A YouTube influencer is fronting a series of films encouraging more black students to apply to Cambridge in the latest push by the University to widen its pool of applicants.

It’s true the gates of Cambridge were once closed to people like me. However, here I am a Cambridge graduate – I’ve done it and people who look like me can see they can do it too

YouTube vlogger and Robinson College alumna Courtney Daniella

Cambridge announced last week (6 June) that it was making progress on widening access to the university with the proportion of Black and Minority Ethnic students at a record high of 23.5%. However, 2.4% of the undergraduate population in this year’s intake were Black compared with 3.4% of the UK population.

YouTube vlogger Courtney Daniella, herself a Cambridge graduate, presents five films addressing popular misconceptions about Cambridge, offering tips on how to make a successful application and finding out what sixth formers really think about the institution.

The social media campaign Get In Cambridge launched on 10 June with Courtney taking a wry look at Cambridge ‘Myths Versus Reality’, which address untrue assumptions about the university that put students off applying.

The series features 26 films encouraging students from under-represented background to apply. These range from students at schools with low numbers of pupils going on to university, to the UK’s Pakistani and Bangladeshi communities.

When at school, 22-year-old Courtney was told by teachers she was not good enough for Cambridge and struggled to overcome her doubts - one of the main reasons she wanted to give out a different message to students like her.

“I used to tell myself every day that Cambridge wasn’t for a person like me partly because I’d never known anyone who’d gone there, and I’d never seen a black Cambridge student, ever,” she says.

“Now I want to say to anyone who believes that to stop putting yourself and Cambridge in a box and start thinking ‘I have so much that I could bring to this university – it would be great for them to have me.’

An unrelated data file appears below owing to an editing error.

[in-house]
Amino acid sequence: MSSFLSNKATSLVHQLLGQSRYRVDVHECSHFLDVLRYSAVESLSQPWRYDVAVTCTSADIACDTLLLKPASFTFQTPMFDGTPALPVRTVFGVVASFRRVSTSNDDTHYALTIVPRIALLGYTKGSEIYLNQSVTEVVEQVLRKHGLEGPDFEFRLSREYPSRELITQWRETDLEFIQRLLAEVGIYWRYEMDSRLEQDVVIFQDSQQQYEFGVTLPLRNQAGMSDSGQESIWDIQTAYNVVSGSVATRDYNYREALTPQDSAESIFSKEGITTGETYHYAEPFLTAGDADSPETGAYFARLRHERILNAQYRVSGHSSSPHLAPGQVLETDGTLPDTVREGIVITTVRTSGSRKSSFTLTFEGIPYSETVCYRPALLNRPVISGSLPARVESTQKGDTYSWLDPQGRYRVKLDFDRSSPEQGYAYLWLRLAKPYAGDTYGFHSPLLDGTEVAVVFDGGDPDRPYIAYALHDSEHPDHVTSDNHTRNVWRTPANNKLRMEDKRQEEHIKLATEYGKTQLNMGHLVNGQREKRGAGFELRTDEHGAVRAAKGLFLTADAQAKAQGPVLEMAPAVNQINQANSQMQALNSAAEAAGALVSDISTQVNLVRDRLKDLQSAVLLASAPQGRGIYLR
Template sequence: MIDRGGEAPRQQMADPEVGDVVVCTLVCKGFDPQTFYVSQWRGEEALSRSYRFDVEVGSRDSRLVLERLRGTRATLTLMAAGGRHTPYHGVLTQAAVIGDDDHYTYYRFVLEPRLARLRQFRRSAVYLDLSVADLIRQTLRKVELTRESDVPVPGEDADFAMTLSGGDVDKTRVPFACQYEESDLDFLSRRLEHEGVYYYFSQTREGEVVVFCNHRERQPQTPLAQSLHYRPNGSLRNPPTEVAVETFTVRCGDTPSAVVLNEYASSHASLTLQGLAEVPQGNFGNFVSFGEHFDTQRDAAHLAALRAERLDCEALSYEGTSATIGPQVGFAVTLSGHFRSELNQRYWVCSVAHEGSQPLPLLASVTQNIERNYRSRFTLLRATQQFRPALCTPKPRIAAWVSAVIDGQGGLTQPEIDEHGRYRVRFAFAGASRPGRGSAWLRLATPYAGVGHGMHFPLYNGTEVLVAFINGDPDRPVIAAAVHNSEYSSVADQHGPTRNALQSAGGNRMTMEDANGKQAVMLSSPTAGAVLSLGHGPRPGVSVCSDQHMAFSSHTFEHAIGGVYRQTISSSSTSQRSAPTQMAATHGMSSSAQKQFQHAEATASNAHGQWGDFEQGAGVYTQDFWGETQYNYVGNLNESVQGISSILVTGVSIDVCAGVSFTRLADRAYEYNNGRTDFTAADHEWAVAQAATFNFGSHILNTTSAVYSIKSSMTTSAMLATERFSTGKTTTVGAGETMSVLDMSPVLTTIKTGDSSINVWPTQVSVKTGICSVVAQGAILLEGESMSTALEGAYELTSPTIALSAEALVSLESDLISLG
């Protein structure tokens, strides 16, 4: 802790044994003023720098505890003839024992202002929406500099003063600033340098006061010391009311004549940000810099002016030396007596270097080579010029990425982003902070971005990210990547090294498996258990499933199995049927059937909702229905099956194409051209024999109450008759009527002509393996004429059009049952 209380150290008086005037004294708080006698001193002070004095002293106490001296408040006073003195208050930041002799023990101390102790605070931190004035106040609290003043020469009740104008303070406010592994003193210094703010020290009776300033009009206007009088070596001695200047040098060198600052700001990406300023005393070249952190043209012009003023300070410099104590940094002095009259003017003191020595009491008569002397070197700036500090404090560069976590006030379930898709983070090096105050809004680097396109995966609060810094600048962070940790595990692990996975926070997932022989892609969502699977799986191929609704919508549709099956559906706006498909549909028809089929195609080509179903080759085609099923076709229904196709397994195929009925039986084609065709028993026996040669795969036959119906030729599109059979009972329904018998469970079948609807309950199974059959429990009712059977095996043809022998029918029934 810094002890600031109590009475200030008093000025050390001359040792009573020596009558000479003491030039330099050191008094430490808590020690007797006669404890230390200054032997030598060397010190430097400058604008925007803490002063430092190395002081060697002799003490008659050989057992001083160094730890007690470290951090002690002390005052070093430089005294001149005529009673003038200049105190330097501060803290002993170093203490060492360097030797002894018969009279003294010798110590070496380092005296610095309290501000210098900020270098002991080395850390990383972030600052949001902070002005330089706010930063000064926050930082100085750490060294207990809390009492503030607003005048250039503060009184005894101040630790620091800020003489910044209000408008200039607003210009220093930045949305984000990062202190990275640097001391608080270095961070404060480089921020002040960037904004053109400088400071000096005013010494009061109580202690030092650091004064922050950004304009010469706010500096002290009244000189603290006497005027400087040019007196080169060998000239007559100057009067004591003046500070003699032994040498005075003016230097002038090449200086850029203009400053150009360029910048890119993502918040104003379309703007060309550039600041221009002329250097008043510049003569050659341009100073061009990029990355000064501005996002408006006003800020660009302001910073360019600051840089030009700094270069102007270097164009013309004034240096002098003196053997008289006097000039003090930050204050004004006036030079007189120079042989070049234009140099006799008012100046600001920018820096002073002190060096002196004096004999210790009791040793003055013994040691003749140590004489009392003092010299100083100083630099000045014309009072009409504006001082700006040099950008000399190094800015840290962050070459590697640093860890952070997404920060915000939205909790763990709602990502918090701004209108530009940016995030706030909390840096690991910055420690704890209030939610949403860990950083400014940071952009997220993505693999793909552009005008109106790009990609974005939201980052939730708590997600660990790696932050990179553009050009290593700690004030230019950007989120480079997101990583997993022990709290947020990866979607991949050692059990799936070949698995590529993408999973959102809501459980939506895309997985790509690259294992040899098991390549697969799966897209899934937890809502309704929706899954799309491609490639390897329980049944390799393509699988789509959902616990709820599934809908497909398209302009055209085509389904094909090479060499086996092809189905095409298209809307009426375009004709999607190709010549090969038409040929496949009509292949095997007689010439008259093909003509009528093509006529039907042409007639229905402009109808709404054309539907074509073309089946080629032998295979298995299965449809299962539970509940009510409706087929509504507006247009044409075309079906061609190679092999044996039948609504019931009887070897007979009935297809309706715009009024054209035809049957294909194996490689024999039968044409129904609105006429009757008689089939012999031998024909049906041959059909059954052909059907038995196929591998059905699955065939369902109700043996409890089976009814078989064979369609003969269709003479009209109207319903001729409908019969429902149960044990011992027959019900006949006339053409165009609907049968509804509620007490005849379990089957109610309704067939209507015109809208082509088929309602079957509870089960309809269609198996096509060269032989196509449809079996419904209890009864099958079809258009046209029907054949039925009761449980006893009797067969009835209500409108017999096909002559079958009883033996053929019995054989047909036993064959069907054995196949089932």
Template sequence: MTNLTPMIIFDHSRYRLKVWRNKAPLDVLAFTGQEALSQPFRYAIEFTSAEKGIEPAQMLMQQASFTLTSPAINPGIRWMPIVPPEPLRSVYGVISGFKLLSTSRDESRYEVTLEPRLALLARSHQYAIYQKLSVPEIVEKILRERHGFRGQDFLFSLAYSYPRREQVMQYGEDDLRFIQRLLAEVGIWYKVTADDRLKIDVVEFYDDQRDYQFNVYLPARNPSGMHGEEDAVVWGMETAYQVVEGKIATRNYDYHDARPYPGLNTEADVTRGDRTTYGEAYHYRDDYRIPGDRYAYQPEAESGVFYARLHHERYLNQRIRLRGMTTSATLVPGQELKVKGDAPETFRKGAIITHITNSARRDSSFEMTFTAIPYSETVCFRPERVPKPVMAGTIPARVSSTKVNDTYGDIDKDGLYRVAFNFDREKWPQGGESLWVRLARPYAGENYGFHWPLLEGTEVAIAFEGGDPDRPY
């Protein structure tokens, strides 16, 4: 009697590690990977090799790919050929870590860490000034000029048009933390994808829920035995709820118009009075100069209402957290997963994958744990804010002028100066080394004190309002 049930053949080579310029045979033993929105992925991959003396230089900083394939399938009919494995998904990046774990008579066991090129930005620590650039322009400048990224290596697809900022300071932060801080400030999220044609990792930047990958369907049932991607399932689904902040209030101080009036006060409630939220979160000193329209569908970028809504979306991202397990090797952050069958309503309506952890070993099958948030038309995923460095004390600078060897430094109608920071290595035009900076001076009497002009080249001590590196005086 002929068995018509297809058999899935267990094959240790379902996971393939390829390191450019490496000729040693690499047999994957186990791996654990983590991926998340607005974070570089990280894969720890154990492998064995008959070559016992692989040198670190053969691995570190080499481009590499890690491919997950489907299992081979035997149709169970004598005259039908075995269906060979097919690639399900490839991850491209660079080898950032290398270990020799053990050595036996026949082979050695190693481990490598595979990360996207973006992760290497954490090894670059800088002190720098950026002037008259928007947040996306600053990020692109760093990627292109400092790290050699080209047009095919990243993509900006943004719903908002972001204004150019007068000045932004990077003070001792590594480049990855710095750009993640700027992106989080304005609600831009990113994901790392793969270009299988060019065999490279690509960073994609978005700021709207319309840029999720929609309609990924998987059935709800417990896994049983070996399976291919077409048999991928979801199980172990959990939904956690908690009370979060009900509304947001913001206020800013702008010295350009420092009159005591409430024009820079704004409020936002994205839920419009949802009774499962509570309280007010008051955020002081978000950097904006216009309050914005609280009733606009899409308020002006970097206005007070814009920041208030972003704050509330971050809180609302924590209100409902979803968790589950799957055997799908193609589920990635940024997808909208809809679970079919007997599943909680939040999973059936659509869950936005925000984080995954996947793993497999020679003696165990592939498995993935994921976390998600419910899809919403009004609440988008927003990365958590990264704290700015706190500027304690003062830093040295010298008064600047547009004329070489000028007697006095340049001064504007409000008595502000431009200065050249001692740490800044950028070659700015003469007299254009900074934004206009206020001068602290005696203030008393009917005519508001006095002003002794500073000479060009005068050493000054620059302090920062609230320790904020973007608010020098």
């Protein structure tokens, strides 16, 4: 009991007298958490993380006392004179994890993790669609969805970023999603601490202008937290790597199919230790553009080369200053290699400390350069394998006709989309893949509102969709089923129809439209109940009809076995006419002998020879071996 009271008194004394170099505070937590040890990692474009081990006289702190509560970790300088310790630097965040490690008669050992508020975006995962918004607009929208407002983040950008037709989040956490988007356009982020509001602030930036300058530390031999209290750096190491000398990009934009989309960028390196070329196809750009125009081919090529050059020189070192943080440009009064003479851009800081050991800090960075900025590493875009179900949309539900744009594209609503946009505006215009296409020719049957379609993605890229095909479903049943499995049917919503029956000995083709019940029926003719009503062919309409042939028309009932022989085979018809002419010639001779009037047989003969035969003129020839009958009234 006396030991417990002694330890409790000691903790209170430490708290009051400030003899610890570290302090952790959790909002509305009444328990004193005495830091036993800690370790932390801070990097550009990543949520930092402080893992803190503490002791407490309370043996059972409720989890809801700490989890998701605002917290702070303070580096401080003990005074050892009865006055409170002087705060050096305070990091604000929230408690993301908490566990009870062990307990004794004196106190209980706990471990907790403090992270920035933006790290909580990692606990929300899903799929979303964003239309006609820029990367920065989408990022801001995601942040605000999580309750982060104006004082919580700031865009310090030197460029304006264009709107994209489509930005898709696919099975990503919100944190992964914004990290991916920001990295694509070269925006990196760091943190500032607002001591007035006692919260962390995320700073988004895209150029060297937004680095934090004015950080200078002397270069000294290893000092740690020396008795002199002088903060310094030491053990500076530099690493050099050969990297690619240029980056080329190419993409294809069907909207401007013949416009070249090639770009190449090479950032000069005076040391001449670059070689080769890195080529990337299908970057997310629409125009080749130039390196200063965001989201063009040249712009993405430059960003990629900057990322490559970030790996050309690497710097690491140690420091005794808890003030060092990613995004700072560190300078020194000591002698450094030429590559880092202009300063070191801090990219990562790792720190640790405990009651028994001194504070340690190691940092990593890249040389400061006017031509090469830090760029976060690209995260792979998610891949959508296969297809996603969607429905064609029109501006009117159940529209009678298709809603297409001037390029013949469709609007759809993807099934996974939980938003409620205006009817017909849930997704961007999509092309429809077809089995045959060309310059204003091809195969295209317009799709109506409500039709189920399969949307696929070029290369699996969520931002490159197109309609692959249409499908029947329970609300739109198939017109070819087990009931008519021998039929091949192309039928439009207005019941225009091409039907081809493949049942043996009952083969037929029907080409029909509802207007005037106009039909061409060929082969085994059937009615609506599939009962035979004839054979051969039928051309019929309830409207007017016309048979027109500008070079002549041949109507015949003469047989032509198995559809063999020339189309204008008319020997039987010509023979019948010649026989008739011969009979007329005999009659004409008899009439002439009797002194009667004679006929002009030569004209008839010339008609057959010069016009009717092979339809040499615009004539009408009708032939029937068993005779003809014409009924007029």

“It’s true the gates of Cambridge were once closed to people like me. However, here I am a Cambridge graduate – I’ve done it and people who look like me can see they can do it too.”

In one film, entrepreneur Courtney charts her journey from a North London schoolgirl caring for her mum and working part time to provide for her family, to studying Human, Social, and Political Sciences at Robinson College.

Each of the 26 films features current undergraduates – who all attended state schools - telling the stories of their journeys to Cambridge as they invite cameras into their rooms, libraries, supervision sessions and nights out.

Vloggers are increasingly working with universities to boost such access efforts. Director of the Cambridge Admissions Office Jon Beard said: “While filming the series, at least half a dozen students stopped Courtney on the street to thank her and tell her she was the reason that they were here. It shows what a huge influence they have.

“Admissions statistics released on Thursday show a rise in the number of students who are from state schools, disadvantaged backgrounds, and ethnic minorities. But there is still work to be done in reaching those with the talent and drive to study here who think Cambridge is not for them.

“We hope these films will complement the University and College efforts to widen access, which include a range of initiatives to offer additional academic and financial assistance for students who may have suffered educational disruption or disadvantage.”

Cambridge will continue to work with development programme for black African and Caribbean pupils Target Oxbridge on a range of initiatives including a three-day residential and an additional one-day conference in London, which will take place for the first time this summer.

Grime artist Stormzy launched Cambridge scholarships for Black students last year. Black students starting at Cambridge this October will be able to apply for the next round of Stormzy scholarships when applications open on A-level results day.

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